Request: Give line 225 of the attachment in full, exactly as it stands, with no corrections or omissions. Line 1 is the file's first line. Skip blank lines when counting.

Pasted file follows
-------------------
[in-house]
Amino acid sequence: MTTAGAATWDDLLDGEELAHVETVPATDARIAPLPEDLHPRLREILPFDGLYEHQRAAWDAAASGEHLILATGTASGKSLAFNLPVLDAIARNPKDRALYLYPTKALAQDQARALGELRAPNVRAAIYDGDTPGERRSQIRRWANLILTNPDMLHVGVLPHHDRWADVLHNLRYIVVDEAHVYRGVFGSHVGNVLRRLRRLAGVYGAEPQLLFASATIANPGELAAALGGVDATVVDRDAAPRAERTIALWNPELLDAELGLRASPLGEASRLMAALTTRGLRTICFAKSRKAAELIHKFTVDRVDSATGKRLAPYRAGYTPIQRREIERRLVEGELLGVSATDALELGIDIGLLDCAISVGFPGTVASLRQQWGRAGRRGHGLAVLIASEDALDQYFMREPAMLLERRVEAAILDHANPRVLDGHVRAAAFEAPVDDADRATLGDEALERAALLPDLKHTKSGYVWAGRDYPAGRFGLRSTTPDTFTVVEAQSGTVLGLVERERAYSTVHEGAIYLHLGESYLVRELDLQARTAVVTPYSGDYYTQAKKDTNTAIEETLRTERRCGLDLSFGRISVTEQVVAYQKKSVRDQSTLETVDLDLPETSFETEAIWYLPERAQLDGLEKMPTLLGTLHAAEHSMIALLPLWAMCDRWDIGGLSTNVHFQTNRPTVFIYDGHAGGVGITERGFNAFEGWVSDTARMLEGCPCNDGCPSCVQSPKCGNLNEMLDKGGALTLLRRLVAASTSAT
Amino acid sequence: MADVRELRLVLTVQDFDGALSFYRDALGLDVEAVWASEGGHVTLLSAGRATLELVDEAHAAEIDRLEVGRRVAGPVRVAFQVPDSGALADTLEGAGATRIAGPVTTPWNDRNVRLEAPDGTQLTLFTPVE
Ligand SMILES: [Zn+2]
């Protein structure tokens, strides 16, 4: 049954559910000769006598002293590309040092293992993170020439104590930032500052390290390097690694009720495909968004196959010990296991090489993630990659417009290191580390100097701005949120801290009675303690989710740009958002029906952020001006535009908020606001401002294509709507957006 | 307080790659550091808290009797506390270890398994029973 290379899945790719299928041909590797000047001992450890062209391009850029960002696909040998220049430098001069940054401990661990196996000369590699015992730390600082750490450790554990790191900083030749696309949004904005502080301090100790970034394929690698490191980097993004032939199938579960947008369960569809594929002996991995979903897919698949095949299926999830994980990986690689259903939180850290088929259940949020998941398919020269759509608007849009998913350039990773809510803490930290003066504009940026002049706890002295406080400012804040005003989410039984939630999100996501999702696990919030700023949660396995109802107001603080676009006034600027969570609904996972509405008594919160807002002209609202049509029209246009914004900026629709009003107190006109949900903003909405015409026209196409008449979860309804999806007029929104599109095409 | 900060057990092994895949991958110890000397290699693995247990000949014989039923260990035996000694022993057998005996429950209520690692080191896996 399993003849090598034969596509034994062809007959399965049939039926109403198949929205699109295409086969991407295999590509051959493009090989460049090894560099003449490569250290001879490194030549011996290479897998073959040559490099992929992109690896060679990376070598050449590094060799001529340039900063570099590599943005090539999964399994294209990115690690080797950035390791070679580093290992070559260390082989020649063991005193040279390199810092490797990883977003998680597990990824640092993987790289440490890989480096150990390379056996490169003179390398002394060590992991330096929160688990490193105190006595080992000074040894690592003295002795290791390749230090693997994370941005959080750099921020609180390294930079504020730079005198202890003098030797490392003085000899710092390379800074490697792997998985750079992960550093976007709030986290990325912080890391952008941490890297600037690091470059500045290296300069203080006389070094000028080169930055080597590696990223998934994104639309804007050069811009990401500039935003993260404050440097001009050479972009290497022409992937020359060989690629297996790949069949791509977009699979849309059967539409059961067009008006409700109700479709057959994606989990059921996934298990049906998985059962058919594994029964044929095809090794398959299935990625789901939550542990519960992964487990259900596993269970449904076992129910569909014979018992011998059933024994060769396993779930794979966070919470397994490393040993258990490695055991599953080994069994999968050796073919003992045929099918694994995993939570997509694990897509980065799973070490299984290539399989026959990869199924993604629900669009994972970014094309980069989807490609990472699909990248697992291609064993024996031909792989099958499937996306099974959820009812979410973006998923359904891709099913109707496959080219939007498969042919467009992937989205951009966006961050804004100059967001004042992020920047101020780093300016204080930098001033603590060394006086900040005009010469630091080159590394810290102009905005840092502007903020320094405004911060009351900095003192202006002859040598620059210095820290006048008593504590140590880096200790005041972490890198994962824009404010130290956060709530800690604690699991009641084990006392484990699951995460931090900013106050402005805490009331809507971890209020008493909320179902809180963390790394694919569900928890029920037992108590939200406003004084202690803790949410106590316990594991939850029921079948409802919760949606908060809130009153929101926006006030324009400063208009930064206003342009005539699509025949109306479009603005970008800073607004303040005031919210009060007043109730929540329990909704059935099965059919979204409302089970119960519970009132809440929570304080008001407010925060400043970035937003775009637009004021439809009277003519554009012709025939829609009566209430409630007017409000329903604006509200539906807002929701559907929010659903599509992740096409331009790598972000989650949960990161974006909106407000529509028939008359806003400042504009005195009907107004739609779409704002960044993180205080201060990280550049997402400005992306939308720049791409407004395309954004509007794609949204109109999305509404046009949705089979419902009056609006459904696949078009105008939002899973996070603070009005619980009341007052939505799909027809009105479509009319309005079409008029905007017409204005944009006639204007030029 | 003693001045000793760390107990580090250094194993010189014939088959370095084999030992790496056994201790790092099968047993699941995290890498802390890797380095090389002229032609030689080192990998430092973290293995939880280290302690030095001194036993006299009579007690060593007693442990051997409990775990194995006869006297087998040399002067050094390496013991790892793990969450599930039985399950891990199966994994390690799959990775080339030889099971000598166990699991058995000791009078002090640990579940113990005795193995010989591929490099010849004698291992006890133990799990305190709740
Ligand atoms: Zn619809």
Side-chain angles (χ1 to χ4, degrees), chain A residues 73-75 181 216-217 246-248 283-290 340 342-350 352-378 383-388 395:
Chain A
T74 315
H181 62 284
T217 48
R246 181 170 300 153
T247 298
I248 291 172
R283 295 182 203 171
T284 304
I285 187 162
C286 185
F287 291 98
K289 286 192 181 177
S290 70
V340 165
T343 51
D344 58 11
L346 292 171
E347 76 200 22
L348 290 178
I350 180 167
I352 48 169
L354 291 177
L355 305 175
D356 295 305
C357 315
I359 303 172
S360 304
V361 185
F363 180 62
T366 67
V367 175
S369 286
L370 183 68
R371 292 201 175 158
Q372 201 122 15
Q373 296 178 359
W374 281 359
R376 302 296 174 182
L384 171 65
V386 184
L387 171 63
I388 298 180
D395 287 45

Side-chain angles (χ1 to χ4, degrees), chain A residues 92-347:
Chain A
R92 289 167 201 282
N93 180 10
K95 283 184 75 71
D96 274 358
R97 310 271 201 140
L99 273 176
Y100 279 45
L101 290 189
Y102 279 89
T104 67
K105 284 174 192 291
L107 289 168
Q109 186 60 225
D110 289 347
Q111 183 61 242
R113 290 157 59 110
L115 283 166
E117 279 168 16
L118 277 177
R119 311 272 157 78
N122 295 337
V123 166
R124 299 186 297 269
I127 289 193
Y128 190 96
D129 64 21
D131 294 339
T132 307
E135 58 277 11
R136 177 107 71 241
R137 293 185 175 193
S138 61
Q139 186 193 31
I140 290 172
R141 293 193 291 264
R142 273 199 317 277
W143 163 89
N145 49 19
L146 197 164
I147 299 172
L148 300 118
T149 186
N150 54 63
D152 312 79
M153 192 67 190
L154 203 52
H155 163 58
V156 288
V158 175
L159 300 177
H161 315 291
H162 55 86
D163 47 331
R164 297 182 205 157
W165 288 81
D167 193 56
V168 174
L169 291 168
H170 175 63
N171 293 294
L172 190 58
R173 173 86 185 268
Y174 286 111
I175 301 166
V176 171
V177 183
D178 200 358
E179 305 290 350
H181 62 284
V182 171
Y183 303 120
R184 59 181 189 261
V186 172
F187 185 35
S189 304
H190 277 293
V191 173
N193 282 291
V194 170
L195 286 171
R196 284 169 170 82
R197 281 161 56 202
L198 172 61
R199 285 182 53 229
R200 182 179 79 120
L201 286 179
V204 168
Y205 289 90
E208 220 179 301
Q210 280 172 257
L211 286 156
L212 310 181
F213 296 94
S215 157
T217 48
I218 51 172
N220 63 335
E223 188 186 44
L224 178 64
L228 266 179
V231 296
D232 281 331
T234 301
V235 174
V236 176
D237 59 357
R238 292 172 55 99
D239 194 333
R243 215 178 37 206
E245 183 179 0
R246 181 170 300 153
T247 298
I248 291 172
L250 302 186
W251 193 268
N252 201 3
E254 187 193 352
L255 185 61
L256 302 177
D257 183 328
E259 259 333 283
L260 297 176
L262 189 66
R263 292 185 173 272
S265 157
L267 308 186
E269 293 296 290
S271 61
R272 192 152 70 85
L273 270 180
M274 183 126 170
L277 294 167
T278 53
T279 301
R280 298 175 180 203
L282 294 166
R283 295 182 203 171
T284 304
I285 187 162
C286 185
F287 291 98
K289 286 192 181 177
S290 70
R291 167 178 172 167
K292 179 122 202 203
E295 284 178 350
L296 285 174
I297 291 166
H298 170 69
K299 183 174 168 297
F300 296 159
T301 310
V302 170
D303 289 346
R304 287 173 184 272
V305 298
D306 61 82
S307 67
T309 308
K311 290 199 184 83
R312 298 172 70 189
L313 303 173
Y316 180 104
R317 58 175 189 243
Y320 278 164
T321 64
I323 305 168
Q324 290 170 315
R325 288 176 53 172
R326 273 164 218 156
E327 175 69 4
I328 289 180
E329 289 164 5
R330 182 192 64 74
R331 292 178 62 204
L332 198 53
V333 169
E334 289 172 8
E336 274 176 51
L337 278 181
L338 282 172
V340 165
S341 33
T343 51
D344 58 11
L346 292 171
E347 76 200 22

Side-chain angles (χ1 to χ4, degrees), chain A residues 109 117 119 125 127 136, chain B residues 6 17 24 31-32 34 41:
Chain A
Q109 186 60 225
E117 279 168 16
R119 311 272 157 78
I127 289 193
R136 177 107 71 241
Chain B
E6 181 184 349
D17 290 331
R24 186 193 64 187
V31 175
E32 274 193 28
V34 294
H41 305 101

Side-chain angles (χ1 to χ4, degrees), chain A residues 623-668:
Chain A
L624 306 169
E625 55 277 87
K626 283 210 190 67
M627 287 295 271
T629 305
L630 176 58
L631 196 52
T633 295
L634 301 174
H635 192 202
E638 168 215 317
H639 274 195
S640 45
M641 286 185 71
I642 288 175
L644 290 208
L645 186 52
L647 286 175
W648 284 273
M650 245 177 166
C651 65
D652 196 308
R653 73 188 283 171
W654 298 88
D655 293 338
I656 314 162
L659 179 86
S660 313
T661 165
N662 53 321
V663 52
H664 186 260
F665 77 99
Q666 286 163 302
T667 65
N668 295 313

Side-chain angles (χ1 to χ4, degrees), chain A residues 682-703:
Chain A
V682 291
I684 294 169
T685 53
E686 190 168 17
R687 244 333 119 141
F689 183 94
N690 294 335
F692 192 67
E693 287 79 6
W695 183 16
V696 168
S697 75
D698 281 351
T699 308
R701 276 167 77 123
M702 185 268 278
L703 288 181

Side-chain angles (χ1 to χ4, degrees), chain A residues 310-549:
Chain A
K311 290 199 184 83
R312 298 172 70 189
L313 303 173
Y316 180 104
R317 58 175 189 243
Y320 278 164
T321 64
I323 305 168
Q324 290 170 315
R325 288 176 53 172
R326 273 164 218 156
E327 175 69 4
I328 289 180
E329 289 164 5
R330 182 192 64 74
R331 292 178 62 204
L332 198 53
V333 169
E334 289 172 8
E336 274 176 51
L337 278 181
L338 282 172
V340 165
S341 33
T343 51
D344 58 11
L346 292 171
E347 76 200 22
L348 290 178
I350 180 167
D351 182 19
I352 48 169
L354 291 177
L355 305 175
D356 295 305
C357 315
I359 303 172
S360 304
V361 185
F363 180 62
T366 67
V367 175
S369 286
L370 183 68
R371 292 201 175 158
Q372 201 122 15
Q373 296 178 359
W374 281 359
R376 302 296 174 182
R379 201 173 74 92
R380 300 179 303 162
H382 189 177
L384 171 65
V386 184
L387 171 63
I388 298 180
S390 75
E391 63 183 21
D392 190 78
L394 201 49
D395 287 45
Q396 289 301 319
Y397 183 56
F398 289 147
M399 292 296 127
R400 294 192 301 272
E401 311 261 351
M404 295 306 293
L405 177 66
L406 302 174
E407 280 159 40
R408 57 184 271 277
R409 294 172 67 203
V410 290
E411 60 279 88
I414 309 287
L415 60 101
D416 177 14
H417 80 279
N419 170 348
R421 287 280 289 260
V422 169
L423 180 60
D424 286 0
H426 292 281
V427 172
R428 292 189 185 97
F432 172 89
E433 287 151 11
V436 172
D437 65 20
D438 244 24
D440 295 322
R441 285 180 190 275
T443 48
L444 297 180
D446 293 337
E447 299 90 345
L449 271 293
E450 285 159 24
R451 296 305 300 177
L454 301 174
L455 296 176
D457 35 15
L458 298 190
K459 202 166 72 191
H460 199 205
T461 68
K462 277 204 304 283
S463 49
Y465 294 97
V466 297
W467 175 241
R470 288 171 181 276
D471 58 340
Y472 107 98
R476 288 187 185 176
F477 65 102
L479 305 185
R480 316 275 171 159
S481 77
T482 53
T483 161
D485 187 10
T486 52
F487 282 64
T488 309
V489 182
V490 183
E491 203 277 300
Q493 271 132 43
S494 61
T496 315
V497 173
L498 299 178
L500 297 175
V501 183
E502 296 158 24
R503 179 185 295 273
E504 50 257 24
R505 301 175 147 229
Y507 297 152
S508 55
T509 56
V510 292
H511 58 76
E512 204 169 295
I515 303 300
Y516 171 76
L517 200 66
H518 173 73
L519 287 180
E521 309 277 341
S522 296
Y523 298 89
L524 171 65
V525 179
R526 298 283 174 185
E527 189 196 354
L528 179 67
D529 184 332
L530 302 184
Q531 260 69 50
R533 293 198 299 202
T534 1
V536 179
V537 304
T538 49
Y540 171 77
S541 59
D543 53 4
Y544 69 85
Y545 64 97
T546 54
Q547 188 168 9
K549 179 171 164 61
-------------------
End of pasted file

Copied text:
I328 289 180